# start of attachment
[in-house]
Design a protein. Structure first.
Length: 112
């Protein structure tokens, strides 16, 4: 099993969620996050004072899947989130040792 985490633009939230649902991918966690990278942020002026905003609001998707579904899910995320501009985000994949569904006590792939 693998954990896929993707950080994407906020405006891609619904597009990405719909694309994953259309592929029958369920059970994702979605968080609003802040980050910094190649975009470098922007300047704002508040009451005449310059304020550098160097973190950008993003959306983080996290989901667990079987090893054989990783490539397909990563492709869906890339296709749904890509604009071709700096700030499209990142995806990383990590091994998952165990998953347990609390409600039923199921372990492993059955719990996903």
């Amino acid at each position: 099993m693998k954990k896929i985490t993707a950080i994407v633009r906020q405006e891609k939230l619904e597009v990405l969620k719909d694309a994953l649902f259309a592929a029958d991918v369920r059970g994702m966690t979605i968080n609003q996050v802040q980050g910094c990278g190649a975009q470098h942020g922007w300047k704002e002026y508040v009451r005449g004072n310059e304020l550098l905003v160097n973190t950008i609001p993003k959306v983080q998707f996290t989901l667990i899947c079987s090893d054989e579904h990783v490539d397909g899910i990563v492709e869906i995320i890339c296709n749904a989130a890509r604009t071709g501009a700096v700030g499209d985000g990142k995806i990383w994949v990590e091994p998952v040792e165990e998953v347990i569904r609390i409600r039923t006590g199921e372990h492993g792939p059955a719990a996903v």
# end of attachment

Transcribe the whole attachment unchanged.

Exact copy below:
[in-house]
Design a protein. Structure first.
Length: 112
């Protein structure tokens, strides 16, 4: 099993969620996050004072899947989130040792 985490633009939230649902991918966690990278942020002026905003609001998707579904899910995320501009985000994949569904006590792939 693998954990896929993707950080994407906020405006891609619904597009990405719909694309994953259309592929029958369920059970994702979605968080609003802040980050910094190649975009470098922007300047704002508040009451005449310059304020550098160097973190950008993003959306983080996290989901667990079987090893054989990783490539397909990563492709869906890339296709749904890509604009071709700096700030499209990142995806990383990590091994998952165990998953347990609390409600039923199921372990492993059955719990996903």
């Amino acid at each position: 099993m693998k954990k896929i985490t993707a950080i994407v633009r906020q405006e891609k939230l619904e597009v990405l969620k719909d694309a994953l649902f259309a592929a029958d991918v369920r059970g994702m966690t979605i968080n609003q996050v802040q980050g910094c990278g190649a975009q470098h942020g922007w300047k704002e002026y508040v009451r005449g004072n310059e304020l550098l905003v160097n973190t950008i609001p993003k959306v983080q998707f996290t989901l667990i899947c079987s090893d054989e579904h990783v490539d397909g899910i990563v492709e869906i995320i890339c296709n749904a989130a890509r604009t071709g501009a700096v700030g499209d985000g990142k995806i990383w994949v990590e091994p998952v040792e165990e998953v347990i569904r609390i409600r039923t006590g199921e372990h492993g792939p059955a719990a996903v």